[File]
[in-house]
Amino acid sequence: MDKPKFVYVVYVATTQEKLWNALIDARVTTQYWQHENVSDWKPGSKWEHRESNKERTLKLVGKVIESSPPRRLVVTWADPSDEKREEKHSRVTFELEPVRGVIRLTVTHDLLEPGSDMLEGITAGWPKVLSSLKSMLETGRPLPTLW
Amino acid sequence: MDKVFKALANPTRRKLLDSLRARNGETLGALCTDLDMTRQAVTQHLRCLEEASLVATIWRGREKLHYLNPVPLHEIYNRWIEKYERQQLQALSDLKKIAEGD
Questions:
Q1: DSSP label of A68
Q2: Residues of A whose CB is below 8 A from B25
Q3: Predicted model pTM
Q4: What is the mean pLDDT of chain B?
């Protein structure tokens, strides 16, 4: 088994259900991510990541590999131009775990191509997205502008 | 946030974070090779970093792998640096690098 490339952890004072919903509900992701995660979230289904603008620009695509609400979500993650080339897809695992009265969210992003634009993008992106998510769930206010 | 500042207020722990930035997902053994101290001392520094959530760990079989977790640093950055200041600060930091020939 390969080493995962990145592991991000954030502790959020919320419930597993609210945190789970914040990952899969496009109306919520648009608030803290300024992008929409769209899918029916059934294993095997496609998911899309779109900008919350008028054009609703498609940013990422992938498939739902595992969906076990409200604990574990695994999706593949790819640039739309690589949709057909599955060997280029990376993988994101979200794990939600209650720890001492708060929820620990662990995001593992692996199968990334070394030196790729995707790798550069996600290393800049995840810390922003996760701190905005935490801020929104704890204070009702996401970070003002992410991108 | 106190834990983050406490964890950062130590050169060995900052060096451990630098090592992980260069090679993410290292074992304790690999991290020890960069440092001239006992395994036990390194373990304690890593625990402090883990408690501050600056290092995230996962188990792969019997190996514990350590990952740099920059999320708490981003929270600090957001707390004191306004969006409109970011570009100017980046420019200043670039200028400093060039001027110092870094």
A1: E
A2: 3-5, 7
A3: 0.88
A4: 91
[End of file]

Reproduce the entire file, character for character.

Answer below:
[in-house]
Amino acid sequence: MDKPKFVYVVYVATTQEKLWNALIDARVTTQYWQHENVSDWKPGSKWEHRESNKERTLKLVGKVIESSPPRRLVVTWADPSDEKREEKHSRVTFELEPVRGVIRLTVTHDLLEPGSDMLEGITAGWPKVLSSLKSMLETGRPLPTLW
Amino acid sequence: MDKVFKALANPTRRKLLDSLRARNGETLGALCTDLDMTRQAVTQHLRCLEEASLVATIWRGREKLHYLNPVPLHEIYNRWIEKYERQQLQALSDLKKIAEGD
Questions:
Q1: DSSP label of A68
Q2: Residues of A whose CB is below 8 A from B25
Q3: Predicted model pTM
Q4: What is the mean pLDDT of chain B?
């Protein structure tokens, strides 16, 4: 088994259900991510990541590999131009775990191509997205502008 | 946030974070090779970093792998640096690098 490339952890004072919903509900992701995660979230289904603008620009695509609400979500993650080339897809695992009265969210992003634009993008992106998510769930206010 | 500042207020722990930035997902053994101290001392520094959530760990079989977790640093950055200041600060930091020939 390969080493995962990145592991991000954030502790959020919320419930597993609210945190789970914040990952899969496009109306919520648009608030803290300024992008929409769209899918029916059934294993095997496609998911899309779109900008919350008028054009609703498609940013990422992938498939739902595992969906076990409200604990574990695994999706593949790819640039739309690589949709057909599955060997280029990376993988994101979200794990939600209650720890001492708060929820620990662990995001593992692996199968990334070394030196790729995707790798550069996600290393800049995840810390922003996760701190905005935490801020929104704890204070009702996401970070003002992410991108 | 106190834990983050406490964890950062130590050169060995900052060096451990630098090592992980260069090679993410290292074992304790690999991290020890960069440092001239006992395994036990390194373990304690890593625990402090883990408690501050600056290092995230996962188990792969019997190996514990350590990952740099920059999320708490981003929270600090957001707390004191306004969006409109970011570009100017980046420019200043670039200028400093060039001027110092870094």
A1: E
A2: 3-5, 7
A3: 0.88
A4: 91